When Willie Lewis first started tinkering with his 2008 Duramax LMM it was just another diesel truck pounding the dirt roads of Texas. When you work on diesel machinery in the oil fields, it’s pretty much a prerequisite that you drive a diesel truck. He had already put together a 2005 Dodge Ram with the very popular 5.9L Cummins, which cranked out a pavement-shredding 750 rear wheel horsepower.
It wasn’t long before he noticed almost everyone in North Texas was driving a modified Cummins. Willie isn’t the kind of guy that follows a crowd, so he got the urge to break away from the mold and try something different. His LMM was the answer and he hadn’t seen anyone else building them up in his part of the world.
With his knowledge of how a diesel engine ticks, he wasn’t afraid to dive into a brand new truck and start making the modifications he knew would produce the performance he was after. Like every diesel enthusiast, Willie’s addiction started with a simple intake tuner and exhaust.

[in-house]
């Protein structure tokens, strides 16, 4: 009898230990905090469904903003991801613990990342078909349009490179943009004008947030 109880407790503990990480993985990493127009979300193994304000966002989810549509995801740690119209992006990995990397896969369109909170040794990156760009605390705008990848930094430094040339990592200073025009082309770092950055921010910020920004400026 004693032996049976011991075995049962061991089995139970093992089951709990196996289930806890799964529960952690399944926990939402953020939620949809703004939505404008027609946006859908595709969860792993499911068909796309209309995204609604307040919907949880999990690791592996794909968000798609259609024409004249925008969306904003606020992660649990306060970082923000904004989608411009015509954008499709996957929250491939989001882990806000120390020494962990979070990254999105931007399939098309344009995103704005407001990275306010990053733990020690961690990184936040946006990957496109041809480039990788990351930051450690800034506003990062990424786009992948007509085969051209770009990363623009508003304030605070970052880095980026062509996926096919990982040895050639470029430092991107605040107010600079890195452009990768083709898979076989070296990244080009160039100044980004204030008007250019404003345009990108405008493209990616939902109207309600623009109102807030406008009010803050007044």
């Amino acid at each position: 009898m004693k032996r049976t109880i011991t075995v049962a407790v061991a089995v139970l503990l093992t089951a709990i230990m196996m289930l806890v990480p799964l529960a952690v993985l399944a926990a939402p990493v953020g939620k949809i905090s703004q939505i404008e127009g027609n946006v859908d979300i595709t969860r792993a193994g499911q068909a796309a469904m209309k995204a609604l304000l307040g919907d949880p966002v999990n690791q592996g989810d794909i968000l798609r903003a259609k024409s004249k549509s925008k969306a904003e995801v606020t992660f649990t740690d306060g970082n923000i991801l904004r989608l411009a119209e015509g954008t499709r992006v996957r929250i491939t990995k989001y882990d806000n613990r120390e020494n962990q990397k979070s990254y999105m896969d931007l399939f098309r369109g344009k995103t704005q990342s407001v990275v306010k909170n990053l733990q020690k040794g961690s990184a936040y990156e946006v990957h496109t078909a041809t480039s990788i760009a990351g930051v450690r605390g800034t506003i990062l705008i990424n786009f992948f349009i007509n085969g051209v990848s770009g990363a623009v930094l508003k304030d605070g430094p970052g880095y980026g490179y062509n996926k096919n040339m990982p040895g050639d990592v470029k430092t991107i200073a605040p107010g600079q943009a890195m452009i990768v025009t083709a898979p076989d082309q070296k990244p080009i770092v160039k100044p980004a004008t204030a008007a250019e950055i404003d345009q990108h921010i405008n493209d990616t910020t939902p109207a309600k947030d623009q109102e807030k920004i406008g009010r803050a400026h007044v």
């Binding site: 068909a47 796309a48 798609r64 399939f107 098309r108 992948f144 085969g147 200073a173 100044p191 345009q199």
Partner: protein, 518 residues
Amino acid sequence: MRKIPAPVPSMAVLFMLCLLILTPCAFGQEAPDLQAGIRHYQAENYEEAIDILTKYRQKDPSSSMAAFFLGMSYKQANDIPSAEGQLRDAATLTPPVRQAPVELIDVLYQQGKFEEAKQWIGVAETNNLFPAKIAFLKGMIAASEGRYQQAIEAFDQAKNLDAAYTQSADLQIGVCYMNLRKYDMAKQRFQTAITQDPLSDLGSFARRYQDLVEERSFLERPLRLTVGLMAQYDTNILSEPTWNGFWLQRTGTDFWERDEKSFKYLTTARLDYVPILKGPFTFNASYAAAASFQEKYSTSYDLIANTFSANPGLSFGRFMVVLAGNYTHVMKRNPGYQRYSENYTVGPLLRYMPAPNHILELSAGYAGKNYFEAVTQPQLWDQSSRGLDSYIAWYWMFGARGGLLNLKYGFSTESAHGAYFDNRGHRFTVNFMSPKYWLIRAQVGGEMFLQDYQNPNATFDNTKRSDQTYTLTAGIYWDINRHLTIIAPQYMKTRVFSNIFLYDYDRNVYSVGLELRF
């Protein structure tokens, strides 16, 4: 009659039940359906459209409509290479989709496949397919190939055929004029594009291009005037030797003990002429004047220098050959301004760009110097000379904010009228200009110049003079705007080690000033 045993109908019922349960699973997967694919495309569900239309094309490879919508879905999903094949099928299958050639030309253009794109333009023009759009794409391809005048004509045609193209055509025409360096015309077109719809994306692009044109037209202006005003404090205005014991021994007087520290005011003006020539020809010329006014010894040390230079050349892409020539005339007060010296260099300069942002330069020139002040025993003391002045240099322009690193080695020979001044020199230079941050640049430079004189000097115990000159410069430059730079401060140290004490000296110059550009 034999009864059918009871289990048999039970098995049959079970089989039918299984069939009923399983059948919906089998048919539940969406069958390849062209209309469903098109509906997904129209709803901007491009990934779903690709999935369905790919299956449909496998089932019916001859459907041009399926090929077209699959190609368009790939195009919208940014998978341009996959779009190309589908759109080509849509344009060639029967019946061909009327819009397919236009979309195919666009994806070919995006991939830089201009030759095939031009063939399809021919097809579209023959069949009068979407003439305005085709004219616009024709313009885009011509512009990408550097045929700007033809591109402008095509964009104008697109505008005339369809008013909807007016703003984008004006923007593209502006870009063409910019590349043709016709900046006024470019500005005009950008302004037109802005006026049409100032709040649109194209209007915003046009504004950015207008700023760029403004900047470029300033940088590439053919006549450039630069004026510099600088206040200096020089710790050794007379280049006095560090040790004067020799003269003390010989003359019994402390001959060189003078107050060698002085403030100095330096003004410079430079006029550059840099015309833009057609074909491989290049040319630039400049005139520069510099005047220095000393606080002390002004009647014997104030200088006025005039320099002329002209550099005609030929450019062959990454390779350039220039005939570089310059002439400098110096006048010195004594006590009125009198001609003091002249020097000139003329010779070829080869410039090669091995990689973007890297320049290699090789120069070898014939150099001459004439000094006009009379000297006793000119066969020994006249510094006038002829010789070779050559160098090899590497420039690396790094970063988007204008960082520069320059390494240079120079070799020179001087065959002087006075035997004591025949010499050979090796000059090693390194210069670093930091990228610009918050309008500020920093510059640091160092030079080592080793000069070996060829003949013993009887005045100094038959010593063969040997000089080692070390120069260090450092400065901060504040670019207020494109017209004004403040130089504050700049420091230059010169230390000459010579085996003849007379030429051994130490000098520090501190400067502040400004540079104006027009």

If you talk to anyone in this industry they can vouch for Willie. Diesel performance is an addiction and some of us have to attend monthly meetings. The first time you mash on the throttle and feel the torque trying to suck your eyeballs through the back of your skull, yeah that addiction never goes away.
The problem is, you bolt a couple thousand dollars worth of parts under the hood and it feels great. However, after a couple of months you get used to it. The only way you can get that fix again is to spend some more cash and improve on what you already have.
Willie is no different in this department. Those initial bolt-on parts only seemed to satisfy for a while, but once he got used to the power he needed to feel that rush again. What better way to get what he wanted, than to bolt-on some compound turbos and bigger injectors?
With the new parts installed, it was only a matter of time before the stock internals began showing their distaste for the increased power. Willie knew the only way to solve this was to equip the factory block with a fresh set of Carrillo Rods and a shiny new stack of cast Mahle pistons. With the engine completely built, it was ready to handle any beating he wanted to throw at it.